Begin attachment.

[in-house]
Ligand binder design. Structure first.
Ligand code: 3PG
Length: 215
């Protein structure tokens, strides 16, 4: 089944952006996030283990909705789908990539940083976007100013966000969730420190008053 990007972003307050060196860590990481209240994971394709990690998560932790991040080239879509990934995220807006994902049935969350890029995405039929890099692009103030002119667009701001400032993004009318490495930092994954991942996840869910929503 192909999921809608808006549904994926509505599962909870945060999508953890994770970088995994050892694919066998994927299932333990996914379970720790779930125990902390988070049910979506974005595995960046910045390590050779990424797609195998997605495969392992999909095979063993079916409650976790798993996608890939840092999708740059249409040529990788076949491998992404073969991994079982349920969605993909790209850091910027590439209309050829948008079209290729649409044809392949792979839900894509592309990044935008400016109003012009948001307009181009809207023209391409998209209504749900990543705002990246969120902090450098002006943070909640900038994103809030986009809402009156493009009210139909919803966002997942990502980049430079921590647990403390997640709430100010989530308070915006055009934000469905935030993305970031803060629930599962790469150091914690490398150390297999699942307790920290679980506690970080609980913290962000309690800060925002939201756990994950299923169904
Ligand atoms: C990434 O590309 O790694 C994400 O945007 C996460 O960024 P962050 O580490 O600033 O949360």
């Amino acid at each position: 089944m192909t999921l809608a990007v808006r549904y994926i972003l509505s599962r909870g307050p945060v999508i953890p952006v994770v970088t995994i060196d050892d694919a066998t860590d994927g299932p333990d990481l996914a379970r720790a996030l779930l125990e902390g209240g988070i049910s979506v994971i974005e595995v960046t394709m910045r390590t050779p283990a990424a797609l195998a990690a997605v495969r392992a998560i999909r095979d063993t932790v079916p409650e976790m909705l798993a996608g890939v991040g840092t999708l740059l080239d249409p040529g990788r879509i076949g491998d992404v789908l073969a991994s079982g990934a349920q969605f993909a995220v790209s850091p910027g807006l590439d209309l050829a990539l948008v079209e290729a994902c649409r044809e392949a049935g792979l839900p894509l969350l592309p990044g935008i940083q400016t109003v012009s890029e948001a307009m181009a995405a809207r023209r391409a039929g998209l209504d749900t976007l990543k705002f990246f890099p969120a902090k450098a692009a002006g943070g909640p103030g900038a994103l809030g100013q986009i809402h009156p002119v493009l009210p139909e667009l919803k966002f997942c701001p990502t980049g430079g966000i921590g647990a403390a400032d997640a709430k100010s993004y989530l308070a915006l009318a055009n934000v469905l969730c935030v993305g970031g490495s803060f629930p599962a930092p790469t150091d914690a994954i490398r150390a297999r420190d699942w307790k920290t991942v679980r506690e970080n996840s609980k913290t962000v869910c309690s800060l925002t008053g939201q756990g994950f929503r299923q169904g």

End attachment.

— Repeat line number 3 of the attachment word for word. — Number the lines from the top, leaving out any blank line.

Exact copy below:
Ligand code: 3PG